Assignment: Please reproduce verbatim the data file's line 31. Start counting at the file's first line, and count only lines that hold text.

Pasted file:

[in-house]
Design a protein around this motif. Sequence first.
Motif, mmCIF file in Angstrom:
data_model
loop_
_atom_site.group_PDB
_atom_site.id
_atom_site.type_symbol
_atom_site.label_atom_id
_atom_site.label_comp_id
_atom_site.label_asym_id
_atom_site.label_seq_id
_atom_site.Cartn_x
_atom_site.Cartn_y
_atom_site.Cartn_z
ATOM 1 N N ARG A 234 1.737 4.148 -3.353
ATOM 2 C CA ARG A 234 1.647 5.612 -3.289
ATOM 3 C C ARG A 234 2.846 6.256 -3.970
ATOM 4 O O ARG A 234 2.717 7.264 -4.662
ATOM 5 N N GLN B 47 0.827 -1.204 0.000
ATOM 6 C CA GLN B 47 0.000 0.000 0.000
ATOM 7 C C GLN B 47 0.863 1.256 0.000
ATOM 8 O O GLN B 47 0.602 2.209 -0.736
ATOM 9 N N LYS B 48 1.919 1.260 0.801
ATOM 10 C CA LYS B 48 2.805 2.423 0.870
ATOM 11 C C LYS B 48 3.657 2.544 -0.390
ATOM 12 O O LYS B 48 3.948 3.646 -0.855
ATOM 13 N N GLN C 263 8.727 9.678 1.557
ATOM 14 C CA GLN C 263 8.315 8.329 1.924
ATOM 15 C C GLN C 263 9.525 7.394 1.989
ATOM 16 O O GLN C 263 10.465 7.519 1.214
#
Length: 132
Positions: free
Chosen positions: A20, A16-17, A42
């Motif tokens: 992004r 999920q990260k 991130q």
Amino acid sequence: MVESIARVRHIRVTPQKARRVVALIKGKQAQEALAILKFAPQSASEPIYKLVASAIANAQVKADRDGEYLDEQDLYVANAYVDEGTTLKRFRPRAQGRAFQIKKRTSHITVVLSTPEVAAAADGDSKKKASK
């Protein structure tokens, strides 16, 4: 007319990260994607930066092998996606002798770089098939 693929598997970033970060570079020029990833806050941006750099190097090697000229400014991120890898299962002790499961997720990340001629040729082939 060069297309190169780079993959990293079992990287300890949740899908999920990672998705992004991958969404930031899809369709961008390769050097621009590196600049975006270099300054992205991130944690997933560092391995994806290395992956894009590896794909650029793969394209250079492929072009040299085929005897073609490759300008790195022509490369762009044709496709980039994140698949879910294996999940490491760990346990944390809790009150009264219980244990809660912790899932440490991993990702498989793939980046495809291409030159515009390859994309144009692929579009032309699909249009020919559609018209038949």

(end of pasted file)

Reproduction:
ATOM 16 O O GLN C 263 10.465 7.519 1.214